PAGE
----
Wednesday, 21 August 2013

City of Fiends - Michael Jecks


City of Fiends is the 31st instalment of the Knights Templar mysteries, which Jecks has been writing since 1995.  Jecks is prolific to the extreme - he writes other series and is a key member of the Medieval Murderers.  Normally, such an output would impact on quality, but City of Fiends is by far the best of the series that I have read.  Recently Jecks has been tempted by the common trap of delaying the entrance of your hero.  Not this time; this time he reminds us of Baldwin before he actually returns to the city (Exeter) and starts sorting out fiends.  By doing so Jecks gets the necessary exposition out of the way and explains one of the key storylines - that this novel takes place during the period when the deposed Edward II was supposedly sprung from Berkeley Castle.  Historically, it is a conspiracy theory, advanced beyond its merits via the internet but it suits Jecks' thirty-one volume narrative perfectly.

There are several murders within the city and some extremely perverse peccadillos.  There is a large cast of supporting characters, richly drawn and clearly distinguished from one another.  Jecks is clever in manipulating our suspicions and he expertly switches our attention from suspect to suspect.  I didn't guess who had really done the crimes, and the unmasking, when it came, was perfectly credible.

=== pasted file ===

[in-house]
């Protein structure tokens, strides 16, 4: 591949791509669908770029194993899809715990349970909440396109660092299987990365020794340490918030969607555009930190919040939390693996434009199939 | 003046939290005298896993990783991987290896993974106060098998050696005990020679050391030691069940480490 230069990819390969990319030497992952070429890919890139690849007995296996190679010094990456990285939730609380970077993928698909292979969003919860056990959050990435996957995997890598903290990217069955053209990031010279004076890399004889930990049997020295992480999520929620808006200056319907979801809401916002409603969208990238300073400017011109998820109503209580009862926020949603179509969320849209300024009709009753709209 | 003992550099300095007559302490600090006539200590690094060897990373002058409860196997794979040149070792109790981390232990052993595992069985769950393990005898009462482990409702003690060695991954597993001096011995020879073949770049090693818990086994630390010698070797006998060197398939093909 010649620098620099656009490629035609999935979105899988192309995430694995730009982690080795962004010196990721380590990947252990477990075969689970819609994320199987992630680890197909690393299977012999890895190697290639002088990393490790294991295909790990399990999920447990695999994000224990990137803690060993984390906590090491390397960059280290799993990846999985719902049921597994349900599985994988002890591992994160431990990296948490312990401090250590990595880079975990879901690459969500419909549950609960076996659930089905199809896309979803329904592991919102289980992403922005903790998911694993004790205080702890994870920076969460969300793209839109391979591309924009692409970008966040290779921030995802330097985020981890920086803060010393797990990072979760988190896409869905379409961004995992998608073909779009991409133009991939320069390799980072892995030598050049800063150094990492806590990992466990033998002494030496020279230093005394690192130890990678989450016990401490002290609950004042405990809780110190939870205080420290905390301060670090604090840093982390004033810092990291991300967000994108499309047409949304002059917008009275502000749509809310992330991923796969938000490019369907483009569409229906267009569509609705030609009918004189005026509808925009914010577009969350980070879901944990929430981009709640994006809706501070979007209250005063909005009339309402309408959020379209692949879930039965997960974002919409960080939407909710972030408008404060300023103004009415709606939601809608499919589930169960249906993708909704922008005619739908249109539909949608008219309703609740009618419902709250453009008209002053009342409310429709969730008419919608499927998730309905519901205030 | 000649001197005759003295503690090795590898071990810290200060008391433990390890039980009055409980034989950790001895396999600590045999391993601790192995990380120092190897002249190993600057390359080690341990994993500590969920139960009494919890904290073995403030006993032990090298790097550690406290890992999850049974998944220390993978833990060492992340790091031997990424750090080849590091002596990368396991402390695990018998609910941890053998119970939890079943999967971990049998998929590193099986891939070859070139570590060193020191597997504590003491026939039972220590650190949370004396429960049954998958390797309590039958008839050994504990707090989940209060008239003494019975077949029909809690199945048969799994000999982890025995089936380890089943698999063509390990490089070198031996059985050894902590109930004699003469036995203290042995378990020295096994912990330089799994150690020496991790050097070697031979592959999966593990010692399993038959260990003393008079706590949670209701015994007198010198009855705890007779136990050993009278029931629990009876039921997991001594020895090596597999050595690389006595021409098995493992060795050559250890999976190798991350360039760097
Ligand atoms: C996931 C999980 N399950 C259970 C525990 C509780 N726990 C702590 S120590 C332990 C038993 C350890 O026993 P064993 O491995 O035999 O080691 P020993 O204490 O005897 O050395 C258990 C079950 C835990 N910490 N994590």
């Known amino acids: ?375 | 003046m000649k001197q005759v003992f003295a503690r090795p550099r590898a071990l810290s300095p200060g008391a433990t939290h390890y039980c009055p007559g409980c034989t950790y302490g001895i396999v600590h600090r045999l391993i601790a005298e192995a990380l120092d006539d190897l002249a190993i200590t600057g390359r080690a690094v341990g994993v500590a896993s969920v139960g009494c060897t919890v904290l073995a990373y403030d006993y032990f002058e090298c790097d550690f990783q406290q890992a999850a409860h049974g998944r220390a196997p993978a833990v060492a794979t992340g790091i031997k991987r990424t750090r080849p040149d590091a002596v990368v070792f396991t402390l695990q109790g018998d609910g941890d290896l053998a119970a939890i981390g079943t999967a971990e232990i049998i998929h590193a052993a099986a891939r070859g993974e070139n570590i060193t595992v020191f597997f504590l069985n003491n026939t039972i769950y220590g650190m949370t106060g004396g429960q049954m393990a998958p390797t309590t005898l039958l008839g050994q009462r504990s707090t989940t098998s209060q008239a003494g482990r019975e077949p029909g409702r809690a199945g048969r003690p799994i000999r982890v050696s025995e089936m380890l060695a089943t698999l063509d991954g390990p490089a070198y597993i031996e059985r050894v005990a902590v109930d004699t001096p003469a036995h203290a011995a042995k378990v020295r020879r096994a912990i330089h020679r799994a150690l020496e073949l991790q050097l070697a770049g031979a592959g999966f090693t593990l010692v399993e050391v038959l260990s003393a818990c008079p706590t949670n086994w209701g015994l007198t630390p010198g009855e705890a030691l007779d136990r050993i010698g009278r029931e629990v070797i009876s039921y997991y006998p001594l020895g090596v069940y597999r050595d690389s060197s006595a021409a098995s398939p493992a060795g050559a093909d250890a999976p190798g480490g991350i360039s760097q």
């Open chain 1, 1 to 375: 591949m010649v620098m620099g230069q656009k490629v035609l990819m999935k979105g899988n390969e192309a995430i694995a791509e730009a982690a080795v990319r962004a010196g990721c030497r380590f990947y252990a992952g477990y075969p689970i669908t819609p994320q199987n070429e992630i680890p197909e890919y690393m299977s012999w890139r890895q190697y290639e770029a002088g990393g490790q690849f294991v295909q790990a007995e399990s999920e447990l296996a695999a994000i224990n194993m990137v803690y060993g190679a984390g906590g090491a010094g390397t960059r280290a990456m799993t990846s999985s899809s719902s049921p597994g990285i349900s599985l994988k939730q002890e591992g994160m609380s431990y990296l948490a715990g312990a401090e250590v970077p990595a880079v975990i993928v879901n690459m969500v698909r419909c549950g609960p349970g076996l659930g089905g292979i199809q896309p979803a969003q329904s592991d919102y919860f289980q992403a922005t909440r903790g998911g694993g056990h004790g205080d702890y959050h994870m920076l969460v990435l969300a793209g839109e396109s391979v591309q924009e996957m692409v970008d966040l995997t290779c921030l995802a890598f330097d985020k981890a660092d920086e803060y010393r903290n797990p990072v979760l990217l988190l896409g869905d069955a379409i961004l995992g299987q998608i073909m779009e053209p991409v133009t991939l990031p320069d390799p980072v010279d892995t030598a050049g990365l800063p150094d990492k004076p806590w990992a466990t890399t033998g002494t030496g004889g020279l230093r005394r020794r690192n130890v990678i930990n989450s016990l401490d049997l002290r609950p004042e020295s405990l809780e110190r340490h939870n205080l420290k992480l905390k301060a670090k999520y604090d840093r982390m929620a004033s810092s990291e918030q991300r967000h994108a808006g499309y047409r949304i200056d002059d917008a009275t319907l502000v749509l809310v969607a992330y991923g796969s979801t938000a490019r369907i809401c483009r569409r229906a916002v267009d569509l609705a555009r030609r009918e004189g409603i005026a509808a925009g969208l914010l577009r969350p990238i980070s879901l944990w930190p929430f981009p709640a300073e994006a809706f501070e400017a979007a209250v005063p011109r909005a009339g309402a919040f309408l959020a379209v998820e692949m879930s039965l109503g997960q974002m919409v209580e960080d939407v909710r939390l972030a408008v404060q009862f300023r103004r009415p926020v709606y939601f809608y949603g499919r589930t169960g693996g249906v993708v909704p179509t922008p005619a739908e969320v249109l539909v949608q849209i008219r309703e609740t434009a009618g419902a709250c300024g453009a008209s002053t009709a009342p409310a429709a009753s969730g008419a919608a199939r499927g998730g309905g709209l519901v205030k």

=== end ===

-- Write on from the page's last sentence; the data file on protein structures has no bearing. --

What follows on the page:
I see from Jecks' website that his next novel is a prequel, set before Baldwin's return from the crusades.  I can't wait.  In case I have to, the other good news is that his publishers, Simon & Schuster, are reissuing the entire series from the beginning, three titles a month.

This may be the year Jecks breaks through to the really big time.  On this form, he certainly deserves to.  Hotly recommended.

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